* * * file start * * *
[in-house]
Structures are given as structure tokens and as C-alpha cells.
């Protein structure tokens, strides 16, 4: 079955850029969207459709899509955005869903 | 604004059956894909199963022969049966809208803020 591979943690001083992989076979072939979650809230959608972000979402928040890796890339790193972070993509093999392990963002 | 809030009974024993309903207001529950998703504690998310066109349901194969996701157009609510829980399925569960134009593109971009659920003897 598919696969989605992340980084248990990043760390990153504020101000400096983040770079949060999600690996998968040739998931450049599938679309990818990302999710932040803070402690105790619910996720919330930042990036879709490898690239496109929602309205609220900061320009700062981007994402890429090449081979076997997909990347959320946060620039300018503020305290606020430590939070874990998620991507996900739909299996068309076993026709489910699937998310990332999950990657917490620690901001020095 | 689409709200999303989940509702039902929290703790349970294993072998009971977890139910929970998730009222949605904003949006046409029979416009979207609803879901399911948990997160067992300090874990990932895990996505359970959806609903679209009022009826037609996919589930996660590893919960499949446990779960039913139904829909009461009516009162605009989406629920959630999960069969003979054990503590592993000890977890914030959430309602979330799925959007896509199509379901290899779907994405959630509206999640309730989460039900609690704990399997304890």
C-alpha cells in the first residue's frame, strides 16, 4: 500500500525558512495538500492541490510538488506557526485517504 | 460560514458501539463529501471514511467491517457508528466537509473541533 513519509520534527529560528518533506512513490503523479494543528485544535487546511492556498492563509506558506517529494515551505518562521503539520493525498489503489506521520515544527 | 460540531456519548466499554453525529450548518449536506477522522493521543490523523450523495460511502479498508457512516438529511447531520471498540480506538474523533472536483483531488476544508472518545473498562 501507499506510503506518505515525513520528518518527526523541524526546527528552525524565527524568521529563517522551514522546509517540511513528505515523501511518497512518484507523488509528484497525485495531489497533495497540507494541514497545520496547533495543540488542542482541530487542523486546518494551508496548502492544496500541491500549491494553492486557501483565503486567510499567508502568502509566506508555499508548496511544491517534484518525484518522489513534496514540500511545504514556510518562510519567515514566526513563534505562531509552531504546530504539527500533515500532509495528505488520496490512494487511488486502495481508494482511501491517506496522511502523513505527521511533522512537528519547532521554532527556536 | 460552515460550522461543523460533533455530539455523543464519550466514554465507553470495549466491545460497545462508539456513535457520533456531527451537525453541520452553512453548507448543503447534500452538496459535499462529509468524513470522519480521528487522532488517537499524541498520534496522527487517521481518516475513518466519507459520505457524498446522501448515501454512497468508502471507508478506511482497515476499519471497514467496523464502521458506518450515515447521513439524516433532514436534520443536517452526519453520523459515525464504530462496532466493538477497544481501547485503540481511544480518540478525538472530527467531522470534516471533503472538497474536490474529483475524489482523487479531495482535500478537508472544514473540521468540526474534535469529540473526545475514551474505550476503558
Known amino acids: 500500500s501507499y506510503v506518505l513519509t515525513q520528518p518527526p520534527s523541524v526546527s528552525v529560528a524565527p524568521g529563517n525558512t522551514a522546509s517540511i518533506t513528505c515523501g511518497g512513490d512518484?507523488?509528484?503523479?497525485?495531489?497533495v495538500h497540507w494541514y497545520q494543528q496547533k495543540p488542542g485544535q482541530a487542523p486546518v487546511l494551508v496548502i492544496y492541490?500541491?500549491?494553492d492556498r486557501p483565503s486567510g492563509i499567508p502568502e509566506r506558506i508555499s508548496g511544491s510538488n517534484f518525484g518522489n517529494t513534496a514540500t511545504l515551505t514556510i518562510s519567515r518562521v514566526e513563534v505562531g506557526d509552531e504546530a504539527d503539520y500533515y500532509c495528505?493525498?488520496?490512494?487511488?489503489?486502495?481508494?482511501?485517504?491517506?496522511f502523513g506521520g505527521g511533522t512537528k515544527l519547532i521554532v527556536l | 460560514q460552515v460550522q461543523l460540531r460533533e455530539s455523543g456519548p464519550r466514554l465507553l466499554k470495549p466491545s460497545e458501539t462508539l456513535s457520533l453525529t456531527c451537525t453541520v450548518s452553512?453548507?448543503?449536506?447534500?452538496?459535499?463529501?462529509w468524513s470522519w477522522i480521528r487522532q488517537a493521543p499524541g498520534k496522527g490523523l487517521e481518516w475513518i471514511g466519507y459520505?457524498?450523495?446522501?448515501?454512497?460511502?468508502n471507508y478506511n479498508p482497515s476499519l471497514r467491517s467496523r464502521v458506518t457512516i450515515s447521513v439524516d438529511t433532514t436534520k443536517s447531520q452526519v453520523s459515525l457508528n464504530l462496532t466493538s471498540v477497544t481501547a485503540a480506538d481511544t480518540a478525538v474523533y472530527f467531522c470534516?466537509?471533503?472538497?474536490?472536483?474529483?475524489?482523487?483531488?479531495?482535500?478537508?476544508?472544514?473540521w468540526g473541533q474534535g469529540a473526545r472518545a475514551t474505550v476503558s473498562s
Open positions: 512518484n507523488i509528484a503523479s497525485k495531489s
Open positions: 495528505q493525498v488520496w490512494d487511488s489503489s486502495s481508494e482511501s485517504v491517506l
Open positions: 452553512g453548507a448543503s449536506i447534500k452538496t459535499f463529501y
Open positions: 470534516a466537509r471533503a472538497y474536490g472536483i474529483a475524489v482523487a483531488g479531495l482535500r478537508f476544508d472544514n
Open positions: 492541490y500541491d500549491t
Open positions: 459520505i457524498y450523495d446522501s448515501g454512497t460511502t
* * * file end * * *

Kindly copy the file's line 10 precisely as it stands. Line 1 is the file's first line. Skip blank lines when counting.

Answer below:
Open positions: 492541490y500541491d500549491t